When Hasbro (HAS 1.57%) released its Q2 earnings report earlier this week, investors were...underwhelmed, I suppose is the word. Hasbro knocked it out of the park on Tuesday, reporting revenue just a little bit shy of what Wall Street analysts had predicted ($1.3 billion), but earning vastly more profit than anyone had expected: $1.15 per share in adjusted earnings, which was $0.20 per share ahead of expectations.
And yet Hasbro stock closed the day up a mere 0.5%. So what didn't investors like?
Hasbro by the numbers
I honestly can't blame Hasbro investors for not knowing what to make of this week's report, because the numbers were kind of all over the map.
Starting at the bottom, Hasbro's entertainment division saw revenue plunge 18% year over year. That sounds bad, but entertainment is the smallest segment at this "global play and entertainment company" (as Hasbro styles itself). What's more, the entertainment division shrank even more by voluntarily selling off its music business, which caused most of the decline. The rest of the shrinkage was largely explained by the delivery schedule of Hasbro's several film and television projects.
(On the plus side, the entertainment segment lost money a year ago, but was profitable in Q2 2022.)
In contrast, Hasbro's much larger consumer products division grew its sales by a very respectable 7% to $734 million in the quarter. Investors might have been more impressed by this feat, however, if Hasbro had managed to turn that sales gain into a profit. Instead, Hasbro reported a small $6 million loss in the segment.
Saving the best for last, we now turn to the Hasbro division that new-ish CEO Chris Cocks used to head up personally: Wizards of the Coast and digital gaming. This is the segment housing Hasbro's ultra-popular Dungeons & Dragons (D&D) and Magic: the Gathering (MtG) franchises, and business here is still going quite well. Sales were up 3% year over year, helped in part by the decision to buy out digital gaming tools shop D&D Beyond. Even better, profits surged a strong 17% to $226 million.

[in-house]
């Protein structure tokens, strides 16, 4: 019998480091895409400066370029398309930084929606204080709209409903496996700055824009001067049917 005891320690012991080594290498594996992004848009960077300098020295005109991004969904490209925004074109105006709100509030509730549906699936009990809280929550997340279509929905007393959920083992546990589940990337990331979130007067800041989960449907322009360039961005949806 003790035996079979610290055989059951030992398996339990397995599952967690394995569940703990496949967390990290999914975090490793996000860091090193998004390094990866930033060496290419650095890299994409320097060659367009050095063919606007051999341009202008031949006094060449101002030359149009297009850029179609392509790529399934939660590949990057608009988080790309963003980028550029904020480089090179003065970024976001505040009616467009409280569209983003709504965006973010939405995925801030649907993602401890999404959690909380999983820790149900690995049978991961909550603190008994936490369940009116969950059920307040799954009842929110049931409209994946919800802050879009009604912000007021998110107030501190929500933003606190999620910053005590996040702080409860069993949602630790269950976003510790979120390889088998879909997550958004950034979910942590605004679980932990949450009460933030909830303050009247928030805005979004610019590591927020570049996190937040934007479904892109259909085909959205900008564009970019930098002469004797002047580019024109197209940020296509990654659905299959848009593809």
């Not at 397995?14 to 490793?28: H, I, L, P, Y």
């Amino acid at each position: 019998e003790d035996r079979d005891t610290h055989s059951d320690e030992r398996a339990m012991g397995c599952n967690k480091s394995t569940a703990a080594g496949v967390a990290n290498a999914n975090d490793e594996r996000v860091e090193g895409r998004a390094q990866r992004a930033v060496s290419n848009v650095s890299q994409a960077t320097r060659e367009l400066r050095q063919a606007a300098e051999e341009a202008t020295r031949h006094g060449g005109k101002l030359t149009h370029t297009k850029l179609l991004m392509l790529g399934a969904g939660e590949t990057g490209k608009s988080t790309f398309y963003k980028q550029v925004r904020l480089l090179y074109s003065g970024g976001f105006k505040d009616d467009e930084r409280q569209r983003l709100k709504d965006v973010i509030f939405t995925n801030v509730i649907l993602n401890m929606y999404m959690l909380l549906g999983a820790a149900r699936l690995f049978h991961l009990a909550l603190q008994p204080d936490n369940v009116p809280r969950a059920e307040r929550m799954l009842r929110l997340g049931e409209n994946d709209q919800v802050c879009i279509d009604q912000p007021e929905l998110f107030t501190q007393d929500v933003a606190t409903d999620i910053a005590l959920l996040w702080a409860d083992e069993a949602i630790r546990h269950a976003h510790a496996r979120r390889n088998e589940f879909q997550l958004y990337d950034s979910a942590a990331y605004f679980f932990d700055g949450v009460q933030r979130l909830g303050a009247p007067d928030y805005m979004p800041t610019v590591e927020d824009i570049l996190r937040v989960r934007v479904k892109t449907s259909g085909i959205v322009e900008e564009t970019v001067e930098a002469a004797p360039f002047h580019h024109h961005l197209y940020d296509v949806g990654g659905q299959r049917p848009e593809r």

Within the division, momentum shifted somewhat away from D&D and toward MtG, where sales soared 15%.
The big picture for Hasbro
So the numbers were kind of a mixed bag. In a company with so many moving parts, therefore, an investor may be best advised to pull back and examine the big picture.
As a whole, Hasbro grew its Q2 sales only a modest 1% year over year. Operating profits, however, nearly tripled to $219 million, while adjusted earnings increased 10%, and net profit when calculated according to generally accepted accounting principles (GAAP) flipped from a loss one year ago to a strong $1.02-per-share profit in Q2 2022.
So on the profits front at least, you could say Hasbro rolled a 1 a year ago, but scored a critical hit this time around -- a natural 20.
The upshot for investors
And Hasbro could do even better in the second half. Consider: Over the past six months, Hasbro has racked up total net income of $203 million. Extend that run rate over the rest of this year, and the company might be on course to earn $400 million, valuing the stock at a rather pricey 27.5 times current-year earnings.
Historically, however, Hasbro almost always earns vastly more in the second half of the year than in the first. Analysts expect this year to be no different, and are interpreting management's guidance -- unchanged since last quarter -- for "low-single digit revenue growth" and 16% "adjusted operating profit margins" to imply the company will wrap up 2022 with sales in excess of $6.6 billion and net income of $677 million.
That gives Hasbro stock a current-year P/E ratio closer to 16.
With S&P Global Market Intelligence forecasting about a 12% annualized earnings growth rate for Hasbro over the next three years, and the company paying a generous 3.5% dividend yield, 16 times earnings seems like a fair price to pay for Hasbro right now.